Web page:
By law, every child in the State of Connecticut is entitled to be supported by both parents. The State has enacted Child Support Guidelines which establish the rights and obligations of both parents with respect to the support of their children. The Child Support Guidelines apply regardless of relationship or marital status.
Child Support is an issue that needs to be resolved in Divorces and Dissolutions of Civil Unions when the parties have children. Custody actions also give rise to the issue of child support. And after judgments are entered, sometimes circumstances change in a way that might require a modification of previous child support orders. For example, a parent might lose or gain a job, or experience a change in income, or maybe the child being supported has reached the age of 18.
The right to be supported lies with the child. Neither parent can waive this right on behalf of the child. The payments are calculated based on strict statutory guidelines that consider the income of both parents and the number of children in the family. The calculations also include giving a credit for medical insurance payments. The child support guideline calculations also allocate responsibility for the payment of work related day care costs and medical and dental expenses not covered by insurance for the minor children.
There are rare exceptions when the Court will deviate from the guidelines, such as shared parenting plans or when parties intentionally reduce their income. In shared parenting arrangements, the amount of support from one parent to another can be adjusted, or eliminated entirely, depending on circumstances pertaining to that particular case. When a parent purposefully reduces income in hopes of avoiding a support order, the Court can impute an income to that parent based on past earnings history.
Child support is the obligation both parents have to support their children until they reach the age 18. If your child is still in high school when he or she reaches 18, then the obligation to support the child extends until they reach the age of 19 or graduate high school, whichever event occurs first. The payment of child support is not a taxable event for either parent. In other words, the parent paying support may not deduct the payment from their income for income tax purposes and the parent receiving the support does not include the payment in their income for income tax purposes.
Under current tax laws, until January 1st 2019, the parties can make an agreement, or the Court can enter an order requiring a payment of Unallocated Alimony and Child Support. In this instance, the “unallocated” payment of child support with alimony can be completely tax deductible to the payer, provided certain criteria are met in the order regarding payments. Recently however, the laws regarding the taxation of alimony were revised. Beginning January 1st, 2019, alimony awards will not be tax deductible to the payer or tax includible to the recipient. Our law office can facilitate your ability to make a decision regarding these financial concerns.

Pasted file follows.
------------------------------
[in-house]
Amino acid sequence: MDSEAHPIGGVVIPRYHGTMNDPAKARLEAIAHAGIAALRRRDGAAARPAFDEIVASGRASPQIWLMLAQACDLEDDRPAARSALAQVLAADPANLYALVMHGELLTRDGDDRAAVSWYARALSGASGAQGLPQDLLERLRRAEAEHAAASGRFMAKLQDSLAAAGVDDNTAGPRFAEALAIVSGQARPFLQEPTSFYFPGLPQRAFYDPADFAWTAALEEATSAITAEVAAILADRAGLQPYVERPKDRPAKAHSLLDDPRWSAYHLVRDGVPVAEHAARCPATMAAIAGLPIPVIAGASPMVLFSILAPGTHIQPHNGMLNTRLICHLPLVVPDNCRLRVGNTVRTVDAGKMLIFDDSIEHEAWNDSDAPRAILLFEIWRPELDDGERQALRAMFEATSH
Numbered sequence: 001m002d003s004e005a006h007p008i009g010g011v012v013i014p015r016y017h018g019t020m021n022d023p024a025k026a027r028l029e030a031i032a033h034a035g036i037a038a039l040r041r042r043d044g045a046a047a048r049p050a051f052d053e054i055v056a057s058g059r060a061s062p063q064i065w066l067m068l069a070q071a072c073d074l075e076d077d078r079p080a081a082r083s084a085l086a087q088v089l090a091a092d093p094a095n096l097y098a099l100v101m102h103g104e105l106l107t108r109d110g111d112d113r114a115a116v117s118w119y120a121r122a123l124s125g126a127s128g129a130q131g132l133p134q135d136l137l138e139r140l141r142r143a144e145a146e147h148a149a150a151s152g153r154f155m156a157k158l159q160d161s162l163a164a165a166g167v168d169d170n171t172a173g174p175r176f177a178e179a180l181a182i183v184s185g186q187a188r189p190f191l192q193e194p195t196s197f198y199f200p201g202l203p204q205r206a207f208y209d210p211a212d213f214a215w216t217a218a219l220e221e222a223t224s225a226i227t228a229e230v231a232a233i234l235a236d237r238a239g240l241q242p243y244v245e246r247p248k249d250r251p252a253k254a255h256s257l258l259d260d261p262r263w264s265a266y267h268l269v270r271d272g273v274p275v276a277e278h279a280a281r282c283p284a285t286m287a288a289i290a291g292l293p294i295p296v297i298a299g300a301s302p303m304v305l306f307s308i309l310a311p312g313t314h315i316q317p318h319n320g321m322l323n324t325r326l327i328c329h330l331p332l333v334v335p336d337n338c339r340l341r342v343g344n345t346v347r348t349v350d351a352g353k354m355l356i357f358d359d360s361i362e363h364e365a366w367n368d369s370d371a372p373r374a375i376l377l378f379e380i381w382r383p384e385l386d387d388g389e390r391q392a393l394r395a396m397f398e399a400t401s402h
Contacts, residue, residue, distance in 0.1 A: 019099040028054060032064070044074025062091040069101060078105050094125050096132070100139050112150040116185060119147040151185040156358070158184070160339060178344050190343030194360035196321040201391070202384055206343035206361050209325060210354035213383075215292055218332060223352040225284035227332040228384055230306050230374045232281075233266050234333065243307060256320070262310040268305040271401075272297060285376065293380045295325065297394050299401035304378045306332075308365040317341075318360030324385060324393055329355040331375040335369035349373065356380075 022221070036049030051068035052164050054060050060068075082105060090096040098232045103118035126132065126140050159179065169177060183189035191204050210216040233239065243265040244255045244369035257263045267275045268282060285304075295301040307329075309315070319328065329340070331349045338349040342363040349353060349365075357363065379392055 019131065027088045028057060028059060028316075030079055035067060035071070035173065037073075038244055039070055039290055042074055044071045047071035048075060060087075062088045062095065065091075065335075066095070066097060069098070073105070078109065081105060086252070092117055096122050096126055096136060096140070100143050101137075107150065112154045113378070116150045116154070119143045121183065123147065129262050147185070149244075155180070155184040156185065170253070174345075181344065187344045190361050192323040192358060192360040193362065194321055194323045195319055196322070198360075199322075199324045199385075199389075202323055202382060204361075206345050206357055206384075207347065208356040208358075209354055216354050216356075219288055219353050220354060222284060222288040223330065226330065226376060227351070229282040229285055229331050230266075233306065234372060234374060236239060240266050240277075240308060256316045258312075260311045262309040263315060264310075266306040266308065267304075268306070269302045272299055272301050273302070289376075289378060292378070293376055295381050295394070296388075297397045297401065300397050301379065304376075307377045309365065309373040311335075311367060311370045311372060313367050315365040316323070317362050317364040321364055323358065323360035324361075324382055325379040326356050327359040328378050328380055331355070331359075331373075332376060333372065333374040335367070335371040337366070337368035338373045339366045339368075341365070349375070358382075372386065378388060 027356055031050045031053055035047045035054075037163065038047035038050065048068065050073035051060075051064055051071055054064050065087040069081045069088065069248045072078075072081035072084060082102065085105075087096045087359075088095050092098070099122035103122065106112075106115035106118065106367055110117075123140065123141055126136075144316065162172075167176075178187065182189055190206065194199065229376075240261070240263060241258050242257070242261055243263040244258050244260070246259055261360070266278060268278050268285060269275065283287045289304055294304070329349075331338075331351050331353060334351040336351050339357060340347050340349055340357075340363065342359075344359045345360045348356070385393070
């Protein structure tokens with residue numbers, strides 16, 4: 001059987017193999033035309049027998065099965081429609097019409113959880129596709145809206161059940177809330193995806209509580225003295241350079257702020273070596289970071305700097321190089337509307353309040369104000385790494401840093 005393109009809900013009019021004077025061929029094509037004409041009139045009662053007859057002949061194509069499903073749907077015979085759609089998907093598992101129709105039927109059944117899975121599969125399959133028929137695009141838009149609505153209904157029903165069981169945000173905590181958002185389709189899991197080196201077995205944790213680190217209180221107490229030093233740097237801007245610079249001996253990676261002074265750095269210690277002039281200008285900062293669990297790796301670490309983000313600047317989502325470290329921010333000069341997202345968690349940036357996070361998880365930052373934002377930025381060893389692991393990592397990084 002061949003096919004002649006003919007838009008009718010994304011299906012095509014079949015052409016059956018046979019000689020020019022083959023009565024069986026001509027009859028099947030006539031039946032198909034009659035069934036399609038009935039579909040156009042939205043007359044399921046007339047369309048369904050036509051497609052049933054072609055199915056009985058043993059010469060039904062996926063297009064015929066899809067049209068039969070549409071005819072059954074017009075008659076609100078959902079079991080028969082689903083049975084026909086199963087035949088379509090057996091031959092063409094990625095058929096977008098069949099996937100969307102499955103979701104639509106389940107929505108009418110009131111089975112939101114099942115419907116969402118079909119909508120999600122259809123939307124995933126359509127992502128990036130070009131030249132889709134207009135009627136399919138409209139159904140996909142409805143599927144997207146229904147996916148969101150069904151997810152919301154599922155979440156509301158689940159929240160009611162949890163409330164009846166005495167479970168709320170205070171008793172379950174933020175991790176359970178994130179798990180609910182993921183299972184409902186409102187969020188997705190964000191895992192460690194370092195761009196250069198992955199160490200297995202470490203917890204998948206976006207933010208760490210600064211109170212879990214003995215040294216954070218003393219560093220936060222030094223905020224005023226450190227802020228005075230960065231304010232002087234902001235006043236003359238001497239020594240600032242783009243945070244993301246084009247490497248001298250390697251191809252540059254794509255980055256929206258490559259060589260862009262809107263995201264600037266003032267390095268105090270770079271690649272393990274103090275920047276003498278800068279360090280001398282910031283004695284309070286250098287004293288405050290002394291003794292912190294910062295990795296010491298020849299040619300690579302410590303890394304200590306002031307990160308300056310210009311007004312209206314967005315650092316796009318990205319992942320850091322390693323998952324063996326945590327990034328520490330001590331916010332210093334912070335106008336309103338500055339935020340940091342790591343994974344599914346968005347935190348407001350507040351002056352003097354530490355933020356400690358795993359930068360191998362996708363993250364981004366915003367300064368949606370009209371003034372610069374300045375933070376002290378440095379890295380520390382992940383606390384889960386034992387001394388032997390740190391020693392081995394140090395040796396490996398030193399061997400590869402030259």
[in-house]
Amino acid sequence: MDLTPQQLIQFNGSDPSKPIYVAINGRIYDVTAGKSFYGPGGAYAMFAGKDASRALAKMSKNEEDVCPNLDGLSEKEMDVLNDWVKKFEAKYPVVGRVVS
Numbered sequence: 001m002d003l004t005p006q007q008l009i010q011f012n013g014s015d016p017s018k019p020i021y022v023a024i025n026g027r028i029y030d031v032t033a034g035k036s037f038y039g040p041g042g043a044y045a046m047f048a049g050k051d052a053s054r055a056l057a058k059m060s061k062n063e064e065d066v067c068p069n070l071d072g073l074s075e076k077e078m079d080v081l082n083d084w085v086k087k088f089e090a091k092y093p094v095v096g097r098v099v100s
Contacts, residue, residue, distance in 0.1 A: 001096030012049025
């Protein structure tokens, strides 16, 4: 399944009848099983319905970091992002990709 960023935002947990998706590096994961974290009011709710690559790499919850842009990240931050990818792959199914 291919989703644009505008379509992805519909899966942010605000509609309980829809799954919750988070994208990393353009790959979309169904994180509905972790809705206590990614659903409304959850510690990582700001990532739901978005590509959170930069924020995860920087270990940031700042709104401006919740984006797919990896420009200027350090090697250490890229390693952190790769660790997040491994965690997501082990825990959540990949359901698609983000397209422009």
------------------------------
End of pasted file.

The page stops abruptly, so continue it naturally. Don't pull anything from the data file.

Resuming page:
Child Support specifically does not cover extracurricular and/or college expenses. It is crucial to address these issues in addition to entering a child support order based on Connecticut State Child Support Guidelines. Each child is different and the needs they have financially concerning extra-curricular activities vary. Our lawyer has the experience and negotiation skills essential to achieving the actual result desired by the client for his or her child where possible.
Connecticut has enacted a Post-Majority Educational Support Law (College Educational Support Order) to assist parents when they can’t agree on the payment of their children’s college education. If parents do not have the financial arrangements in place at the time of their judgment for sending their children to college, they can and should ask the court to retain jurisdiction for the purposes of entering a college support order if and when their children do attend college. If they still need assistance allocating financial responsibility for college at the time they attend, the parents can return to court at that time for the Court’s assistance.
Having competent legal counsel to guide you through the negotiation and decision-making for these issues is essential. In the event negotiations are unsuccessful, our lawyer can litigate the matter at trial if necessary. Call for your free consultation with Attorney Karen Reynolds today.